When I was a boy we used to play a game where someone would say, “I dare you.” One would find out real soon that they would do almost anything when their pride is on the line. I have done a lot of stupid things because of a “dare.”
I have kissed ugly girls.
I have stolen things from stores.
I’ve gotten into fistfights.
I’ve raced my car and gotten speeding tickets.
Satan comes to Jesus and in essence says, “Prove that you are the Son of God Jesus…If you are the Son of God, throw yourself down from the high point of this temple—your angels will keep you from hurting yourself. After all, isn’t that what the Word says?”
Notice with this temptation, Satan begins to quote from Scripture (Ps. 91:11-12), though incorrectly.
Again, how does Jesus deal with it? He fights off the temptation by leaning on the Word of God.
(Luke 4:12 NKJV) And Jesus answered and said to him, "It has been said, 'You shall not tempt the LORD your God.'"
John closes this section of our Scripture text with:
1 John 2:16 For all that is in the world; the lust of the flesh, the lust of the eyes, and the pride of life; is not of the Father but is of the world.
Christians need to understand that this world with its lust of the flesh, lust of the eyes and pride of life is no friend of the believer.
Sometimes you hear someone who has had bad experiences with the government or his job or a difficult time getting a loan to buy a house talking about “the system.” He might say something like, “The system is against me.”
Well, the Bible teaches there is a system that is against the follower of Jesus Christ. This system is the world.
It is hostile to godliness and dominated by carnal ambition, pride, greed, self-pleasure, and evil desires. Its opinions are wrong, its aims are selfish, its pleasures are sinful, its influence is demoralizing, its politics are corrupt, its honors are empty, its smiles are fake, and it's love is fickle.
It's a system of rebellion against God that's run by Satan.”
In verse seventeen or our text John tells us “the world is passing away, and its lust; but he who does the will of God abides forever.”
The Bible teaches that one day this system will be flushed down into the cesspool called the lake of fire.
Rev 21:1 Now I saw a new heaven and a new earth, for the first heaven and the first earth had passed away. Also there was no more sea.
Rev 21:2 Then I, John, saw the holy city, New Jerusalem, coming down out of heaven from God, prepared as a bride adorned for her husband.
Rev 21:3 And I heard a loud voice from heaven saying, "Behold, the tabernacle of God is with men, and He will dwell with them, and they shall be His people. God Himself will be with them and be their God.
Rev 21:4 "And God will wipe away every tear from their eyes; there shall be no more death, nor sorrow, nor crying. There shall be no more pain, for the former things have passed away."
Rev 21:5 Then He who sat on the throne said, "Behold, I make all things new." And He said to me, "Write, for these words are true and faithful."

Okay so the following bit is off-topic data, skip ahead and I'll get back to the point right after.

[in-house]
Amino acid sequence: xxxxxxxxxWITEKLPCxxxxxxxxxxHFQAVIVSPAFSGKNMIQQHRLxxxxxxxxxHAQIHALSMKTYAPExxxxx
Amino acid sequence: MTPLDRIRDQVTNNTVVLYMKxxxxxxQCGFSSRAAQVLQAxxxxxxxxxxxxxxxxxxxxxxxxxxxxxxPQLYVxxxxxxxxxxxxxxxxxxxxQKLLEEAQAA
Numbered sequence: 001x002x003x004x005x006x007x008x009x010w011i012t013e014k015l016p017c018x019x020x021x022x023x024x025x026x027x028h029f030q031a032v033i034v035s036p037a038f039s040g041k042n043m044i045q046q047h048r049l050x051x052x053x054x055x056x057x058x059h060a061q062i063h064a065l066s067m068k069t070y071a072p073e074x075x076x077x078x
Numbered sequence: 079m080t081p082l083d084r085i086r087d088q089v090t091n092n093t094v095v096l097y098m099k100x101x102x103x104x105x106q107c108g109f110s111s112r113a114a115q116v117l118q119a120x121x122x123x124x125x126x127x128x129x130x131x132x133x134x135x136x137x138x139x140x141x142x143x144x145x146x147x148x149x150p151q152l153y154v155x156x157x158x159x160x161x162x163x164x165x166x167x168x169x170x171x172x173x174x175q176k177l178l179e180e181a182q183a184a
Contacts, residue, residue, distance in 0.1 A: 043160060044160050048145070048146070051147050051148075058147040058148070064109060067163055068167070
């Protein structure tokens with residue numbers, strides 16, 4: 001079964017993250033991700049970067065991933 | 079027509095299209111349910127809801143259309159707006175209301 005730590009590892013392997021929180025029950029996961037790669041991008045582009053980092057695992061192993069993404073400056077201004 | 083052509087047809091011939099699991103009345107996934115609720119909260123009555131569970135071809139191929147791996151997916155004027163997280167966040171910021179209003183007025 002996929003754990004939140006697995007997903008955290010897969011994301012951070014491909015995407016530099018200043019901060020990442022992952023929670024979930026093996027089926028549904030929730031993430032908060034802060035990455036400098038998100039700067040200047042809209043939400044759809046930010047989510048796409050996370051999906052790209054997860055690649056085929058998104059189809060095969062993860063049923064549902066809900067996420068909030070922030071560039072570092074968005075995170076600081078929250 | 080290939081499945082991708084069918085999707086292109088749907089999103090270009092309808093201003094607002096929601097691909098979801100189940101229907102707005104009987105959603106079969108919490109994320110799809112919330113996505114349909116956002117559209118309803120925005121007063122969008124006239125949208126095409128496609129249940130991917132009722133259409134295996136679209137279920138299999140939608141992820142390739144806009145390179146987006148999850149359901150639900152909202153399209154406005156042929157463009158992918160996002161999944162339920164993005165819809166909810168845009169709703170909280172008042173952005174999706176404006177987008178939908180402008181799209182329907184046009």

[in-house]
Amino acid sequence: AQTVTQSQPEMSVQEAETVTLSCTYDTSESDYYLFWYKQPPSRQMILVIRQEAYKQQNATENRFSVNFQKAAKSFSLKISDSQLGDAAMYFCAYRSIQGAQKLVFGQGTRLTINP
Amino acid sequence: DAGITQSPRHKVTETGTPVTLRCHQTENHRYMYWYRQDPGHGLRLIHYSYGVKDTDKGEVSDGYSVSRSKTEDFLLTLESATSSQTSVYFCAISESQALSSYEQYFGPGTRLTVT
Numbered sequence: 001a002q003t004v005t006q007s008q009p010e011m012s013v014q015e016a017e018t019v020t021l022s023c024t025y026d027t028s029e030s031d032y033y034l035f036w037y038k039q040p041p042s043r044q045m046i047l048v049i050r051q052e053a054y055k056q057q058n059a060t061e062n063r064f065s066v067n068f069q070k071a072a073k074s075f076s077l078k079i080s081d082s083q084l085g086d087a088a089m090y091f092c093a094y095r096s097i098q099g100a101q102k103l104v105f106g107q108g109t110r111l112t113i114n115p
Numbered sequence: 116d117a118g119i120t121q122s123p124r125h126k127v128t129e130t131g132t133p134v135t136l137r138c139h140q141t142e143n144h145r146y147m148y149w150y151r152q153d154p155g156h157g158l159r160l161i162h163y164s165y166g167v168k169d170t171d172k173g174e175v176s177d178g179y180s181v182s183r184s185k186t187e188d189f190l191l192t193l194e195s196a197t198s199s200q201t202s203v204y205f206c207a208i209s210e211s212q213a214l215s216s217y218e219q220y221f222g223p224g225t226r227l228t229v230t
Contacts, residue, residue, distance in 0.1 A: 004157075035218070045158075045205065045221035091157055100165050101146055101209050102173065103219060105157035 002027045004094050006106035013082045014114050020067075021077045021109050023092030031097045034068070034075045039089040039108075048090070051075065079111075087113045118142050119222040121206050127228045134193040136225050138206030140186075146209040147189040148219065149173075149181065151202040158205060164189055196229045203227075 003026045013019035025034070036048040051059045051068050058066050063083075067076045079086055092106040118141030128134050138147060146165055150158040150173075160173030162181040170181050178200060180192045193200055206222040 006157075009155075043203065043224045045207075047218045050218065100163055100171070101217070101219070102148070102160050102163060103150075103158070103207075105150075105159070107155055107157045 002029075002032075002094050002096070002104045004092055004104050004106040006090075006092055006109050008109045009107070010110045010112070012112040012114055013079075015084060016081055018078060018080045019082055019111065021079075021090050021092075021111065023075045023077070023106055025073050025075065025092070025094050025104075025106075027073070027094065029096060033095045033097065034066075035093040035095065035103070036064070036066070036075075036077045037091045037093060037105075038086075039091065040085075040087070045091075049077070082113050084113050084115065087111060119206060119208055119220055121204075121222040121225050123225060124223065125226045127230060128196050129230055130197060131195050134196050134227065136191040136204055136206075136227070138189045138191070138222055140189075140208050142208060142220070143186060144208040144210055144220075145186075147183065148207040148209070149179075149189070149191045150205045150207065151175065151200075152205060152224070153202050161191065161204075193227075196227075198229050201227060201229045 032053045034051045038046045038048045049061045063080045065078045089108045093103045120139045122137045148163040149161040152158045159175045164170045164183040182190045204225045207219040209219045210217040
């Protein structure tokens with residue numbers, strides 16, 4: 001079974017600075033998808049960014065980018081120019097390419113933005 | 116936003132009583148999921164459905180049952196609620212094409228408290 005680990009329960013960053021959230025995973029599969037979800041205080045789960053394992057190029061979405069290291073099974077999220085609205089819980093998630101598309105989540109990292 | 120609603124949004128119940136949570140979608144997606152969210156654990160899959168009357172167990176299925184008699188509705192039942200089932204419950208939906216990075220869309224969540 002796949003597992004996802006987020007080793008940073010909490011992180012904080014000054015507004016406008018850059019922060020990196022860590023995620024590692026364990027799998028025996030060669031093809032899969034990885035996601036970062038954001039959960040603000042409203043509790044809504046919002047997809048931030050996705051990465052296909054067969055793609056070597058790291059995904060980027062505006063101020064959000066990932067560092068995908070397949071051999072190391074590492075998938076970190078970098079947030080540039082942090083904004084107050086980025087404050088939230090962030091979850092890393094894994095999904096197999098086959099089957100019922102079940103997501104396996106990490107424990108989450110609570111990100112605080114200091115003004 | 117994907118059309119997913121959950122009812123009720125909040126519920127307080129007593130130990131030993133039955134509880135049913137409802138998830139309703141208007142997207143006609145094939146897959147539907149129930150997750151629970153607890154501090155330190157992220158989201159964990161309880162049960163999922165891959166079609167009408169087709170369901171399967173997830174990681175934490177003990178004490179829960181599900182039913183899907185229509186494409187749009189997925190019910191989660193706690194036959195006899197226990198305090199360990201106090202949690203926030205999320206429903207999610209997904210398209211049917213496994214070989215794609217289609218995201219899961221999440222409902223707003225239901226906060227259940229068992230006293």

Rev 21:6 And He said to me, "It is done! I am the Alpha and the Omega, the Beginning and the End. I will give of the fountain of the water of life freely to him who thirsts.
Rev 21:7 "He who overcomes shall inherit all things, and I will be his God and he shall be My son.
Rev 21:8 "But the cowardly, unbelieving, abominable, murderers, sexually immoral, sorcerers, idolaters, and all liars shall have their part in the lake which burns with fire and brimstone, which is the second death."
The world is now passing away. Things are not getting better. Humanity is not evolving as scientists, philosophers and educators are saying.
At the end of verse, John offers still another test you and I can take to see if we are Christians. He says though the world is passing away, the one who does not love the world, but does the will of the Father “abides forever.” In other words, the one who does the will of the Father possesses eternal life and will live forever.
Are you a lover of the world or a doer of the Father’s will? Are you a puppet on Satan’s string? Do you follow him on a whim?
Whenever He tempts you through the lust of your flesh, the lust of your eyes and the boastful pride of life, do you succumb?
Do you subscribe to the latest fashions and trends? Are you compelled to watch the popular shows on TV or at the movies or listen to the music that’s made it to the top of the charts? Do you have a desire to get that thing “no matter what it takes?”
When your friend made that move, got that car, bought that system, picked up that dress, got that girl, purchased that furniture, upgraded that cell phone, bought those threads or purchased that home, did you feel that intense desire to do the same? Did you follow through with it?
If so, you may be worldly. Satan, by way of your appetite, eyes and ego is quite possibly running your life rather than the Spirit of God and His Word. What is the solution?
By this we know that we love the children of God, when we love God and keep His commandments. For this is the love of God, that we keep His commandments. And His commandments are not burdensome.
For whatever is born of God overcomes the world. And this is the victory that has overcome the world; our faith. Who is he who overcomes the world, but he who believes that Jesus is the Son of God? (1 John 5:2-5 )